– a device to do digital banking. (For when I need to make large payments I can’t do on my phone.) I always have a spare one with me.
– a clicker for presentations (Logitec)
– in ear plugs for listening to music on the train or my bike.
Deborah Hartmanns Fearless Journey cards (based on Linda Risings  Fear-less change book.
– My Macbook pro with gothic Snowwhite. (I have this picture to make sure I recognise my Macbook)
Jurgen Appelo’s delegation poker cards.
– A small pack of glass cleaners.
– two adapters so I can work on my laptop with a second screen.
– my kindle.
– my scarf. As a coach, trainer, presenter, my voice is my most precious instrument, you will hardly see me outside without my scarf. Yes even in the summer, I’m very sensitive to wind.
– My kisika (yellow jack), as I drive with my bicycle to the trainstation and I want to set an example for my kids, I will always wear this. (I just realised, left out my bike helmet because it was not in my rucksack. )
moving motivator cards (also from Jurgen Appelo)
– a small set of gongs. They take up very limited space and at least once a week I can use them when I did not expect it.
– post it’s and Stattys. There is not a meeting that I don’t use them. (I prefer Stattys over post it’s)
– a small solar charger for my phone. (I just realised my cable was actually in use when I took the picture)
– a marker.
– a small notebook
– something I use on plane or train to block light on my eye so I can sleep.
– my Iphone 5S (I agree with Bart, I never buy the first form factor of a new device)
– the phone is inside a small cover that also contains the cards I take with me.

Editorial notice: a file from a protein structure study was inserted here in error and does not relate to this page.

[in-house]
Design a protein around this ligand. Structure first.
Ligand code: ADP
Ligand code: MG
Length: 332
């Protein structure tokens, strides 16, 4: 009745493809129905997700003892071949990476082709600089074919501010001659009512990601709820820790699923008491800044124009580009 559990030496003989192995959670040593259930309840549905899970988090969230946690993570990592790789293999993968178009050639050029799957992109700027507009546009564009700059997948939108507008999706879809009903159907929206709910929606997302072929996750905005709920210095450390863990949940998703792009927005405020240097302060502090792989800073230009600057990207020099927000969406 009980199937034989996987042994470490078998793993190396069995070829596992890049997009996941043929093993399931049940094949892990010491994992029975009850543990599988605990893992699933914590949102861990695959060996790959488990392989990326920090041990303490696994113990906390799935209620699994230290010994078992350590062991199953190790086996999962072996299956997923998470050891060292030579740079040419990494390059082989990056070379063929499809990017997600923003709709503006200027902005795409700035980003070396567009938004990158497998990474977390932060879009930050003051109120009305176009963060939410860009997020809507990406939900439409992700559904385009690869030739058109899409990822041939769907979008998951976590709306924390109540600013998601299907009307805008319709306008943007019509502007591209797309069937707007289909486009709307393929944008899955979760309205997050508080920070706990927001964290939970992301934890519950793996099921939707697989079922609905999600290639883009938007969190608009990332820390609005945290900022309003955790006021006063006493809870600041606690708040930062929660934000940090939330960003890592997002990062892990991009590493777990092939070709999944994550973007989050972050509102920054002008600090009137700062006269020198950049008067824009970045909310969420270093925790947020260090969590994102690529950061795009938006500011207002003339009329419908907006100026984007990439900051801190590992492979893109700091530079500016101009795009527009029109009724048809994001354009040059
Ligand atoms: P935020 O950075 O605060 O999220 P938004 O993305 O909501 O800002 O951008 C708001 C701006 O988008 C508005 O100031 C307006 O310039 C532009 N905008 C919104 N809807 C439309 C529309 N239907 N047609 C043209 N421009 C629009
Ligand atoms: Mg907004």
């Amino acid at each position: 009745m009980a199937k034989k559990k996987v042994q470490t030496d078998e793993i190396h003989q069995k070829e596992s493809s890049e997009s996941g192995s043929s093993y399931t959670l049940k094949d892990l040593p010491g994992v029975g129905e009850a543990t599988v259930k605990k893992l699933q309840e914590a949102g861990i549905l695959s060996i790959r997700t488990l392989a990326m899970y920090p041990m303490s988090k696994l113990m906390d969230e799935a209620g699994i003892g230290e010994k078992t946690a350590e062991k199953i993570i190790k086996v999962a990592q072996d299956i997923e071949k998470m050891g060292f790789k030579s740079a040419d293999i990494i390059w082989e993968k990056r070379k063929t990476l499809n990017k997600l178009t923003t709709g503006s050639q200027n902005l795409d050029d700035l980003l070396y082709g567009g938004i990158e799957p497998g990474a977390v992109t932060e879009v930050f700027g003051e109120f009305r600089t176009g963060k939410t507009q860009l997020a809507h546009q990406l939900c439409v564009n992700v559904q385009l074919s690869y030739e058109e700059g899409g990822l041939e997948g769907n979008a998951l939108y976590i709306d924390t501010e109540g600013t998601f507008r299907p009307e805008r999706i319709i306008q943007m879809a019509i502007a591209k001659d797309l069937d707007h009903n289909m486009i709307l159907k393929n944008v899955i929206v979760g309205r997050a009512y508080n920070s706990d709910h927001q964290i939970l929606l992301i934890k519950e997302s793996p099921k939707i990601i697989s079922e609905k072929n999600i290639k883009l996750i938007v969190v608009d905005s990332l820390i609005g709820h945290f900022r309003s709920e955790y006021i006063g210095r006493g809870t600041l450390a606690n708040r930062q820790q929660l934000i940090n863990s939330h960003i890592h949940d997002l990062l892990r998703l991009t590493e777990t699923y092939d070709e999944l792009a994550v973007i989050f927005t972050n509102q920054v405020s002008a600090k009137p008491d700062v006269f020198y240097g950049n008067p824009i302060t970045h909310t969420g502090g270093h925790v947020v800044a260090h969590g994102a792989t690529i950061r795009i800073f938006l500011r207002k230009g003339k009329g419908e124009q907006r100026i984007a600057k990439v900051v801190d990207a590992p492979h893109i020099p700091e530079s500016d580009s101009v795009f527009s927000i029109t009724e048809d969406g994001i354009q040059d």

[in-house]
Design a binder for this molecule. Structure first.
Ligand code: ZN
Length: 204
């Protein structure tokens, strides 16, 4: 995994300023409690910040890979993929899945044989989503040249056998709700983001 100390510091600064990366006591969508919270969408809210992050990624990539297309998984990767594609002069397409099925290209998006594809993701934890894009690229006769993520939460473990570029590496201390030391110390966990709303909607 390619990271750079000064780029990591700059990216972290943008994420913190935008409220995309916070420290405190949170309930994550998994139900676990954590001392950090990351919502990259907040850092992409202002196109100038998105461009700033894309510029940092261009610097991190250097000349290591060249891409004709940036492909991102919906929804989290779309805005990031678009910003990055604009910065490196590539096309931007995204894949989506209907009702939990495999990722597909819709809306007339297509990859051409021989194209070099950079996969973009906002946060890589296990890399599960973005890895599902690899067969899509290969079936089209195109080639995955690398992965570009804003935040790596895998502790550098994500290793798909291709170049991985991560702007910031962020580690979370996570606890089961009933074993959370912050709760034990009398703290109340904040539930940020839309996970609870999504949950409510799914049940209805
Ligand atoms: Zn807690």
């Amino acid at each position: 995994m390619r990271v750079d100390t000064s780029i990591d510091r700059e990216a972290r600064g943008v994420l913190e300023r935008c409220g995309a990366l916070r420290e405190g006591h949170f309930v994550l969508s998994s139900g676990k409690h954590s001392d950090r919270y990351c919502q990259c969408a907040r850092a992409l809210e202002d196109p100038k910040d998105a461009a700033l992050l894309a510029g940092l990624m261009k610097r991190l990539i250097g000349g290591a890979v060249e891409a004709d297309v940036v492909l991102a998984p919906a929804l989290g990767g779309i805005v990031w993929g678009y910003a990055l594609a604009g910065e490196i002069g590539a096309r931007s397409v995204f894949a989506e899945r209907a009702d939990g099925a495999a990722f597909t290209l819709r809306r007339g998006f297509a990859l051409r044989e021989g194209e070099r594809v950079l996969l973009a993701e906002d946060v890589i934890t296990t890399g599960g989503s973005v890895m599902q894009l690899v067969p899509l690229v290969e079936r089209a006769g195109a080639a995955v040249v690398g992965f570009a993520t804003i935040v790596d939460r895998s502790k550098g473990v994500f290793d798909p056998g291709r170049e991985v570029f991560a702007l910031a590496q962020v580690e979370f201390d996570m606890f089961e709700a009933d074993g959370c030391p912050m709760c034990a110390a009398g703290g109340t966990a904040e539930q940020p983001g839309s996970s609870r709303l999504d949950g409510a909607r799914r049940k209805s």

– a wireless trackball (that I can use also todo presentations with)
a handshoe mouse: the last two device or some of the many mouses I use. Since I invested in that I no longer have trouble from a RSI that had started.
This are just the things I always take with me.

When I go abroad I also take:
– a powerstrip, so I can connect many devices in my hotel.
– a small bag full of international connectors
– a neck pillow for the airplane
– passport
– a digital photo camera (Canon)

What I don’t take might be as interesting:
– I hardly have cash with me.





I read everywhere...
The last years, I noticed that I explain dimensional planning more and more.
I learned about dimension planning from Koen van Exem, one of the early Belgium agilists.
It’s one of these early germs of (Belgium?) agility, that unfortunetly has been mostly forgotten.

Last night JB (Rainsberger), Alistair (Cockburn) and myself  had a small discussion about it, that made me realise that I still have a nice story that I had not shared on my blog yet.

Before I do that, let me explain the basics of Dimensional planning.
The idea of dimensional planning, is that we slice our stories in different implementation dimensions.
We do this because as JB says, a lot of  clients want a Lexus by the end of the week. We might not be able to do this, yet we might be able to offer them a toyota by tomorrow, most clients love this offer till we can deliver the Lexus. (Aka very fast ROI)

I prefer the dimensional planning theory like Koen explained it to me.

Imagine you have a client that wants a highway between Amsterdam and Heusden.